Miyazaki: I think we can just enjoy manga by reading manga as they are. Of course if you animate it, you can perhaps add some features to the manga, but I think if you can avoid making animation through manga, it would be better.

Manga and film, or animation, have very different concepts of time and space, and unless you’re very aware of that, then the animation becomes very boring and uninteresting. In animation, we are very intent on showing that we have drawn this; that time and space flow as we have drawn the frames.

In the U.S., animation films tend to be storyboarded, and storyboards tend to be done by a group of artists. But I know that you do your own storyboards yourself. Do you think there’s an advantage to having a single artistic vision dominate a storyboard?

In Japan, it’s customary to have the director draw the storyboards. Occasionally there’s several people working on it – someone perhaps draws the storyboard and someone else films – but that’s not the usual method. In fact, there’s almost a condition to become a director, to be able to draw a storyboard. So if a person can’t draw a storyboard, then he might be thought of unnecessary to the production. (pause) That’s one way to think about it. (audience laughs)

I know you do a lot of thinking about a story to come up with the original idea for a new film. And I wonder, how do you know when you have the first illustration that you can develop into an entire feature length animation? What is it that tells you that you’ve got something and are ready to proceed?

Of course, depending on the film, it’s different. But it’s only when I’ve tried something that I realize I can’t go on this path anymore; that I can’t push this idea anymore. Then I have to abandon it and find something else that I think will work. It might be kind of a loser’s way of thinking about it, but I tell my staff that they have to really struggle and do something that’s kind of useless and impossible first and then maybe they’ll find something.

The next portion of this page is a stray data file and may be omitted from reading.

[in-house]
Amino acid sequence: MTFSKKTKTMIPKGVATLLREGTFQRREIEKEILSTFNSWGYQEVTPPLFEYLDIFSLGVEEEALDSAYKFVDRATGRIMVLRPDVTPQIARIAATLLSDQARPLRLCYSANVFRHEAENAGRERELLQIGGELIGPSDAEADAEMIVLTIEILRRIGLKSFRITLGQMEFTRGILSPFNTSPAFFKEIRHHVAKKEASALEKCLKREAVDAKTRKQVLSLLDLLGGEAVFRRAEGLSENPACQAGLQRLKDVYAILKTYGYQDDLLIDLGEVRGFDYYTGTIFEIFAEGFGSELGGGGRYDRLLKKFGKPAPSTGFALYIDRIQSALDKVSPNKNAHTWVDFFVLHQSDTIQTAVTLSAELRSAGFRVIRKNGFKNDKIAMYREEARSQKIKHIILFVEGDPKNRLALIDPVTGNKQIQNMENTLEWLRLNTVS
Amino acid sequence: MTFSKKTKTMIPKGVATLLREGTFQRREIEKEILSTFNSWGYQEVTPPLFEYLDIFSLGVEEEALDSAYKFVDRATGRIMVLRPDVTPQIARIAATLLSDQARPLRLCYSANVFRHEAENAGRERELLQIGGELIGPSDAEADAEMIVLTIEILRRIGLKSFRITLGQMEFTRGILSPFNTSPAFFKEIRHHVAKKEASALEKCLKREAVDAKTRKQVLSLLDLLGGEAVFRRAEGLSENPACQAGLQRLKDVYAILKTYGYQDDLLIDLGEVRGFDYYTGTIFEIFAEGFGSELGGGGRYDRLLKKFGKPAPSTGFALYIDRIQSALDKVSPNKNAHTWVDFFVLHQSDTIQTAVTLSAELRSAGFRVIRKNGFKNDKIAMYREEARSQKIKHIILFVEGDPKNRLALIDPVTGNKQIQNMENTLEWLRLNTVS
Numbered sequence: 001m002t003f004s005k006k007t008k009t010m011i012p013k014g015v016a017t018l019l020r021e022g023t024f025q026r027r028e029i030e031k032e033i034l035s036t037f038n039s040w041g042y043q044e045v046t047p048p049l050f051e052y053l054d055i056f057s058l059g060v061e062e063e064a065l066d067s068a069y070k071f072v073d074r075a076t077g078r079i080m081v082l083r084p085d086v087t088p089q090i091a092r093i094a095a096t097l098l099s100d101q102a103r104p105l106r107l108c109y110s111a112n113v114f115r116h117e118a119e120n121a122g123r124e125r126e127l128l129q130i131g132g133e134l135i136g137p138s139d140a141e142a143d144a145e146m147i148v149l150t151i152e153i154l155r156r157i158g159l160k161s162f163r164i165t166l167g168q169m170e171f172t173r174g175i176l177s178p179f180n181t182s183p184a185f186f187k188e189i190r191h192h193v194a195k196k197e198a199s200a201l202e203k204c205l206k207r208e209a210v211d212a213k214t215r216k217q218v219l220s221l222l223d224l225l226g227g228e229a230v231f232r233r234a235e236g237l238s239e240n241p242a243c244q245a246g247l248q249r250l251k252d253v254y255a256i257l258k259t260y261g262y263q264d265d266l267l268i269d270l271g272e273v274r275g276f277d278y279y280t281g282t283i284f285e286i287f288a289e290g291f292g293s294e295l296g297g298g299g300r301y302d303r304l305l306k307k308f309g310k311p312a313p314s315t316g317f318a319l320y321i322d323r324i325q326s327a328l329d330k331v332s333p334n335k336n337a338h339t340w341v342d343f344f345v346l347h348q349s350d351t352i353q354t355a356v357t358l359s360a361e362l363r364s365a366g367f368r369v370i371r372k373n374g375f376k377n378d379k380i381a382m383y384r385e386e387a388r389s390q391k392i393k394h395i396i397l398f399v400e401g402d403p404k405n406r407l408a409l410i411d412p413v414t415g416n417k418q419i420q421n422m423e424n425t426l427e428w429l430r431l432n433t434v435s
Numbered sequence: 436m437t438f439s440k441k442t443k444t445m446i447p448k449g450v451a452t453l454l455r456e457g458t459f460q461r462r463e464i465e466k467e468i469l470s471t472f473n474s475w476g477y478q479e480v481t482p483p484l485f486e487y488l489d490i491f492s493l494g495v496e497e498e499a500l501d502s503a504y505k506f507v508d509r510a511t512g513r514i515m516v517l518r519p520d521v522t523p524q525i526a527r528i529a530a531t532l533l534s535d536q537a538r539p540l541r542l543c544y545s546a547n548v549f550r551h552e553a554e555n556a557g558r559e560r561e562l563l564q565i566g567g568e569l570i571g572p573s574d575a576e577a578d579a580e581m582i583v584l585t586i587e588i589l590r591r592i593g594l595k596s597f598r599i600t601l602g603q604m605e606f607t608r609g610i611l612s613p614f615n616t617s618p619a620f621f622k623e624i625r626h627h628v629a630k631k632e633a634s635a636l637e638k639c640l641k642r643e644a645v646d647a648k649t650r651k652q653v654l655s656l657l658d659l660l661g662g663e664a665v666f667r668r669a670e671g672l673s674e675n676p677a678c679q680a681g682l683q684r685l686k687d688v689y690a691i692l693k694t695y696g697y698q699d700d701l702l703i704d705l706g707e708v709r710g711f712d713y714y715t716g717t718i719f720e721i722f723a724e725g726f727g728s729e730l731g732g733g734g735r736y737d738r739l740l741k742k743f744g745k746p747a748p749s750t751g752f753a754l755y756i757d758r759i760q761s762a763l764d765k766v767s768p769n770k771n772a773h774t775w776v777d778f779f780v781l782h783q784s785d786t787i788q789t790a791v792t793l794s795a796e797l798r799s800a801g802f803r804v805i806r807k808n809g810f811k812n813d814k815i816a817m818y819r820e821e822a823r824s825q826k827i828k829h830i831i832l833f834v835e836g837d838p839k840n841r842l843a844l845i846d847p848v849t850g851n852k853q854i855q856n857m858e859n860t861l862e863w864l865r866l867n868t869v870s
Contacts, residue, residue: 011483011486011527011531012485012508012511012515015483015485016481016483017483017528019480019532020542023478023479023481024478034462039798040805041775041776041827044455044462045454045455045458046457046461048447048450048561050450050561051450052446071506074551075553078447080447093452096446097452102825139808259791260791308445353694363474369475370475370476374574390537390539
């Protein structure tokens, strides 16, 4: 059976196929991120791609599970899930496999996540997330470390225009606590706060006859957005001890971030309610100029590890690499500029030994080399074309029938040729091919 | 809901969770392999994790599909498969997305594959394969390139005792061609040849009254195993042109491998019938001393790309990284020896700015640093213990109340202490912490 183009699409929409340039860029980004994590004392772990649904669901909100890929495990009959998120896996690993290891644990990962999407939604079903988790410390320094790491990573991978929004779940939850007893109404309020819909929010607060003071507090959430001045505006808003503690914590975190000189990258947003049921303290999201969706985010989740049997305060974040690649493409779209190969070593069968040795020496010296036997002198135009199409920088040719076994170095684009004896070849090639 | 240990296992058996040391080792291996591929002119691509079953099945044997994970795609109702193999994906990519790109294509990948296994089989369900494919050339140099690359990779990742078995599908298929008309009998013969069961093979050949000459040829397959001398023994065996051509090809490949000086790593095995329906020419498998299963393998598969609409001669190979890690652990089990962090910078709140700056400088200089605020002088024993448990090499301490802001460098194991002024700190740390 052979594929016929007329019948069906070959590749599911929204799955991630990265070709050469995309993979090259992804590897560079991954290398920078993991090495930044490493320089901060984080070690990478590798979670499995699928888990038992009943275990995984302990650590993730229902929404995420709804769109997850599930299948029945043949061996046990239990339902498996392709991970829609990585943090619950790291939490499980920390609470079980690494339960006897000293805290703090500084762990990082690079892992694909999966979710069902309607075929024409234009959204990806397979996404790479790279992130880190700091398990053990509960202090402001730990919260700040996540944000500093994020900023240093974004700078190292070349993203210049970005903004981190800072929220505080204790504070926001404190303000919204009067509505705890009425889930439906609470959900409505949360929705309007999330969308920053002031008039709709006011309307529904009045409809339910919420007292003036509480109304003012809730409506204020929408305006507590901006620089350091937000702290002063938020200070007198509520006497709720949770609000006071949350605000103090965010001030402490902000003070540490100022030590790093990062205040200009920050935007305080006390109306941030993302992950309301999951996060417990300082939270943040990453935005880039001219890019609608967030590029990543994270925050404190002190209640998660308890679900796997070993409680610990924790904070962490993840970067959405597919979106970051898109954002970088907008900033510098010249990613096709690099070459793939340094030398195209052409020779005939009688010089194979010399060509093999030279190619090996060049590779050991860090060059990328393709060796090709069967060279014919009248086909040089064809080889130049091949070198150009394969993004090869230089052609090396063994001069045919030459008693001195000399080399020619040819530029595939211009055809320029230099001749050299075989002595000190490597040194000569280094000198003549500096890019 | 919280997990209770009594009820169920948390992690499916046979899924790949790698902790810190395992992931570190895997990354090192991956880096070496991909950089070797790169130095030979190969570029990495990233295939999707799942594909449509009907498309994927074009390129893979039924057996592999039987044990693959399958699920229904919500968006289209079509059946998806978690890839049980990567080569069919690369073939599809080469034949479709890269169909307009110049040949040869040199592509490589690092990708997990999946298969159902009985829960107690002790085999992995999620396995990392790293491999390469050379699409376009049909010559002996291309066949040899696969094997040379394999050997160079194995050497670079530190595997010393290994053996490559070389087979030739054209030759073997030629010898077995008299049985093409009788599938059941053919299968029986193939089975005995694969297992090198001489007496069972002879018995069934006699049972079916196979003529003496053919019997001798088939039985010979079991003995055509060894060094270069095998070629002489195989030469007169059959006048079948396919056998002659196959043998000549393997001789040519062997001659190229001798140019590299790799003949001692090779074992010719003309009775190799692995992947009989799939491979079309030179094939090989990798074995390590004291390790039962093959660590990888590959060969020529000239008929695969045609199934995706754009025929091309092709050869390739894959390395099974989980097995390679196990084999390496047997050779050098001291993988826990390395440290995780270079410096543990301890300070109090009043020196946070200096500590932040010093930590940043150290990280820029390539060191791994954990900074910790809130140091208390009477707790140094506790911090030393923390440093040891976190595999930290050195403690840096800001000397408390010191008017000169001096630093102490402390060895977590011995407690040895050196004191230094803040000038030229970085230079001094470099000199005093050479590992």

We want our characters to end up being happy in the film, but we can’t have that happen in an un-persuasive way. We have to satisfy the audience’s wishes and make them really believe that the characters have really done something to make themselves happy. So whether it’s through effort or by accident, we have to find the best ending – or the best ending might find us in some sort of mysterious way.

Has that process become any easier for you over the decades of work or has it become more difficult?

Each time I do a film I feel like I’ve just been able to get through it and I hope that people don’t find the weaknesses that show that I’ve just managed to get through it. (audience laughs) After a film is made, I don’t want to see it again. I try to forget about it as soon as possible.